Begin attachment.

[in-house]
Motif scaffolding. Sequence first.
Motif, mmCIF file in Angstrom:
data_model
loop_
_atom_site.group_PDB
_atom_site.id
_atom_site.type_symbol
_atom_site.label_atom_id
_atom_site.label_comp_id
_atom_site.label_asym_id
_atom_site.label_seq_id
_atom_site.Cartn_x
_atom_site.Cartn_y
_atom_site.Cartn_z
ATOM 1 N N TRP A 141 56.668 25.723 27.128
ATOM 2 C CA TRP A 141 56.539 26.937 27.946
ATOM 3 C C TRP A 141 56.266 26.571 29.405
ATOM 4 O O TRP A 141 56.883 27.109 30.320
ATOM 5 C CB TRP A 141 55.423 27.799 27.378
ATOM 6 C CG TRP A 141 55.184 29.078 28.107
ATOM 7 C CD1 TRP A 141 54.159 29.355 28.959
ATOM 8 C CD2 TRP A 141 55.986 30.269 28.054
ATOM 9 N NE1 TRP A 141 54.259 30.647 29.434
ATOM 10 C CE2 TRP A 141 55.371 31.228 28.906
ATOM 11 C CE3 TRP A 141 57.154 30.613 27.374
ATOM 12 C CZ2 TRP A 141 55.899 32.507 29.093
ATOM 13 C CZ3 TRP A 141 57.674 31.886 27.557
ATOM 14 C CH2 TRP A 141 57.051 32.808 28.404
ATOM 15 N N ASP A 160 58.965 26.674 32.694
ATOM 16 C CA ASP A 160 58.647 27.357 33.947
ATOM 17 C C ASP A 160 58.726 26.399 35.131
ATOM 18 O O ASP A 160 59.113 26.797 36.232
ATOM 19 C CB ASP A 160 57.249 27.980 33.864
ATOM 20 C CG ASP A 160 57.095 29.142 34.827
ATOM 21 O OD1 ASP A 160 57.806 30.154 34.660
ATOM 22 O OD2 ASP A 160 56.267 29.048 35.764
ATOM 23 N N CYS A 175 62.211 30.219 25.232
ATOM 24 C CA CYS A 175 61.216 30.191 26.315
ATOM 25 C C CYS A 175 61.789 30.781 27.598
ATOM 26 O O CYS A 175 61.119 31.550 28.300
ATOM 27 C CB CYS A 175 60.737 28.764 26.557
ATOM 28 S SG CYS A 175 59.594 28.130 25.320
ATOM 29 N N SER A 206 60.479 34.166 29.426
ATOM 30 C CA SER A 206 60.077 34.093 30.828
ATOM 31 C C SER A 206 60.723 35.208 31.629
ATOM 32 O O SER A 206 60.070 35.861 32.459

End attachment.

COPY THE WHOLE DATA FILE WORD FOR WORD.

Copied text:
[in-house]
Motif scaffolding. Sequence first.
Motif, mmCIF file in Angstrom:
data_model
loop_
_atom_site.group_PDB
_atom_site.id
_atom_site.type_symbol
_atom_site.label_atom_id
_atom_site.label_comp_id
_atom_site.label_asym_id
_atom_site.label_seq_id
_atom_site.Cartn_x
_atom_site.Cartn_y
_atom_site.Cartn_z
ATOM 1 N N TRP A 141 56.668 25.723 27.128
ATOM 2 C CA TRP A 141 56.539 26.937 27.946
ATOM 3 C C TRP A 141 56.266 26.571 29.405
ATOM 4 O O TRP A 141 56.883 27.109 30.320
ATOM 5 C CB TRP A 141 55.423 27.799 27.378
ATOM 6 C CG TRP A 141 55.184 29.078 28.107
ATOM 7 C CD1 TRP A 141 54.159 29.355 28.959
ATOM 8 C CD2 TRP A 141 55.986 30.269 28.054
ATOM 9 N NE1 TRP A 141 54.259 30.647 29.434
ATOM 10 C CE2 TRP A 141 55.371 31.228 28.906
ATOM 11 C CE3 TRP A 141 57.154 30.613 27.374
ATOM 12 C CZ2 TRP A 141 55.899 32.507 29.093
ATOM 13 C CZ3 TRP A 141 57.674 31.886 27.557
ATOM 14 C CH2 TRP A 141 57.051 32.808 28.404
ATOM 15 N N ASP A 160 58.965 26.674 32.694
ATOM 16 C CA ASP A 160 58.647 27.357 33.947
ATOM 17 C C ASP A 160 58.726 26.399 35.131
ATOM 18 O O ASP A 160 59.113 26.797 36.232
ATOM 19 C CB ASP A 160 57.249 27.980 33.864
ATOM 20 C CG ASP A 160 57.095 29.142 34.827
ATOM 21 O OD1 ASP A 160 57.806 30.154 34.660
ATOM 22 O OD2 ASP A 160 56.267 29.048 35.764
ATOM 23 N N CYS A 175 62.211 30.219 25.232
ATOM 24 C CA CYS A 175 61.216 30.191 26.315
ATOM 25 C C CYS A 175 61.789 30.781 27.598
ATOM 26 O O CYS A 175 61.119 31.550 28.300
ATOM 27 C CB CYS A 175 60.737 28.764 26.557
ATOM 28 S SG CYS A 175 59.594 28.130 25.320
ATOM 29 N N SER A 206 60.479 34.166 29.426
ATOM 30 C CA SER A 206 60.077 34.093 30.828
ATOM 31 C C SER A 206 60.723 35.208 31.629
ATOM 32 O O SER A 206 60.070 35.861 32.459